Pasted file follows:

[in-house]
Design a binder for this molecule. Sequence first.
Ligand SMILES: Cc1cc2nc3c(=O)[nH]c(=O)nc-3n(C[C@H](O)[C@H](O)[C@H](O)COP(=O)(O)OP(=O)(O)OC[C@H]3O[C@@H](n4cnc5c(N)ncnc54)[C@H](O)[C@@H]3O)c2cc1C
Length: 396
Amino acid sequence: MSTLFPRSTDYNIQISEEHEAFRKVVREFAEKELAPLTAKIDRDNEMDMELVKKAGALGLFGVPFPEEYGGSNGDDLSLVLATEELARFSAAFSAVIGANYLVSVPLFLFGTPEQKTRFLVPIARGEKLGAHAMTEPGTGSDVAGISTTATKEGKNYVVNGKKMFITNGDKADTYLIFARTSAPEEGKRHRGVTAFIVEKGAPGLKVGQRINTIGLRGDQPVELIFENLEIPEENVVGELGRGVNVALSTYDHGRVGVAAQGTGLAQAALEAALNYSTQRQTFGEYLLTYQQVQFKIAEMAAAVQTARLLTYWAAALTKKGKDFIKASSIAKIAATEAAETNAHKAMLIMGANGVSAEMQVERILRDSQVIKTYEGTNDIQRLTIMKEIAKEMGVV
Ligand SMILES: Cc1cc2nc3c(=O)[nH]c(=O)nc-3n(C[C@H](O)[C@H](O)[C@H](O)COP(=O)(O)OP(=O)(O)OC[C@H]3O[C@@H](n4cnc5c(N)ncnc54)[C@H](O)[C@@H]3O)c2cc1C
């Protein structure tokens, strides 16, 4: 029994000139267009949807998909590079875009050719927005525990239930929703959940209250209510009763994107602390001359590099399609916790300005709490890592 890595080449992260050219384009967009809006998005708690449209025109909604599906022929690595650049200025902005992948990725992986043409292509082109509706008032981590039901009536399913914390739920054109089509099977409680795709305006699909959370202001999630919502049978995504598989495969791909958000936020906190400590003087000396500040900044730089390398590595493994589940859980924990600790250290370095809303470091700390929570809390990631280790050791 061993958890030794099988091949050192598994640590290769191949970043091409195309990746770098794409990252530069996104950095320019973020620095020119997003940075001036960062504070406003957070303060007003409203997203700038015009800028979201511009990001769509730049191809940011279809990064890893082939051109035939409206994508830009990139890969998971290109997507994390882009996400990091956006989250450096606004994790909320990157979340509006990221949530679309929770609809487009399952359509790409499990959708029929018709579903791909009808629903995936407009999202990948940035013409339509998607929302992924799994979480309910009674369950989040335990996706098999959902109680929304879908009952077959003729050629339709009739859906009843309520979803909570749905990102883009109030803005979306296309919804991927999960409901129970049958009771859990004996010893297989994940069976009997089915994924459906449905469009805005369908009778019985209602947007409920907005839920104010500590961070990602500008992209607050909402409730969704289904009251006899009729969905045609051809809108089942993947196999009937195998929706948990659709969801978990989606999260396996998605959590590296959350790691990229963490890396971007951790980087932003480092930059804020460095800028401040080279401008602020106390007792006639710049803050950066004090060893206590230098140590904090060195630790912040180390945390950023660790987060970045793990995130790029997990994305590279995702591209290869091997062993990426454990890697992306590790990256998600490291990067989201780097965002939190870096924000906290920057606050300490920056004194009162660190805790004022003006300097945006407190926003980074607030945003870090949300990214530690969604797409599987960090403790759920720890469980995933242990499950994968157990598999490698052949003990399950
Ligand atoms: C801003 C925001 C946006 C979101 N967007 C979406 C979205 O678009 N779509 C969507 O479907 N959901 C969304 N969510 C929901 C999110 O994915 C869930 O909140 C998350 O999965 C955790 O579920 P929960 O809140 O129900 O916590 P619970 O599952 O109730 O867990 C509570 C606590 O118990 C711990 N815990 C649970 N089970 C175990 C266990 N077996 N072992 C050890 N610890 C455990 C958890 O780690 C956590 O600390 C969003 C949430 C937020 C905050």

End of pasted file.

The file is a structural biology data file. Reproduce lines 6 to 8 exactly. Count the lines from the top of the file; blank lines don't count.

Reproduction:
Ligand SMILES: Cc1cc2nc3c(=O)[nH]c(=O)nc-3n(C[C@H](O)[C@H](O)[C@H](O)COP(=O)(O)OP(=O)(O)OC[C@H]3O[C@@H](n4cnc5c(N)ncnc54)[C@H](O)[C@@H]3O)c2cc1C
């Protein structure tokens, strides 16, 4: 029994000139267009949807998909590079875009050719927005525990239930929703959940209250209510009763994107602390001359590099399609916790300005709490890592 890595080449992260050219384009967009809006998005708690449209025109909604599906022929690595650049200025902005992948990725992986043409292509082109509706008032981590039901009536399913914390739920054109089509099977409680795709305006699909959370202001999630919502049978995504598989495969791909958000936020906190400590003087000396500040900044730089390398590595493994589940859980924990600790250290370095809303470091700390929570809390990631280790050791 061993958890030794099988091949050192598994640590290769191949970043091409195309990746770098794409990252530069996104950095320019973020620095020119997003940075001036960062504070406003957070303060007003409203997203700038015009800028979201511009990001769509730049191809940011279809990064890893082939051109035939409206994508830009990139890969998971290109997507994390882009996400990091956006989250450096606004994790909320990157979340509006990221949530679309929770609809487009399952359509790409499990959708029929018709579903791909009808629903995936407009999202990948940035013409339509998607929302992924799994979480309910009674369950989040335990996706098999959902109680929304879908009952077959003729050629339709009739859906009843309520979803909570749905990102883009109030803005979306296309919804991927999960409901129970049958009771859990004996010893297989994940069976009997089915994924459906449905469009805005369908009778019985209602947007409920907005839920104010500590961070990602500008992209607050909402409730969704289904009251006899009729969905045609051809809108089942993947196999009937195998929706948990659709969801978990989606999260396996998605959590590296959350790691990229963490890396971007951790980087932003480092930059804020460095800028401040080279401008602020106390007792006639710049803050950066004090060893206590230098140590904090060195630790912040180390945390950023660790987060970045793990995130790029997990994305590279995702591209290869091997062993990426454990890697992306590790990256998600490291990067989201780097965002939190870096924000906290920057606050300490920056004194009162660190805790004022003006300097945006407190926003980074607030945003870090949300990214530690969604797409599987960090403790759920720890469980995933242990499950994968157990598999490698052949003990399950
Ligand atoms: C801003 C925001 C946006 C979101 N967007 C979406 C979205 O678009 N779509 C969507 O479907 N959901 C969304 N969510 C929901 C999110 O994915 C869930 O909140 C998350 O999965 C955790 O579920 P929960 O809140 O129900 O916590 P619970 O599952 O109730 O867990 C509570 C606590 O118990 C711990 N815990 C649970 N089970 C175990 C266990 N077996 N072992 C050890 N610890 C455990 C958890 O780690 C956590 O600390 C969003 C949430 C937020 C905050």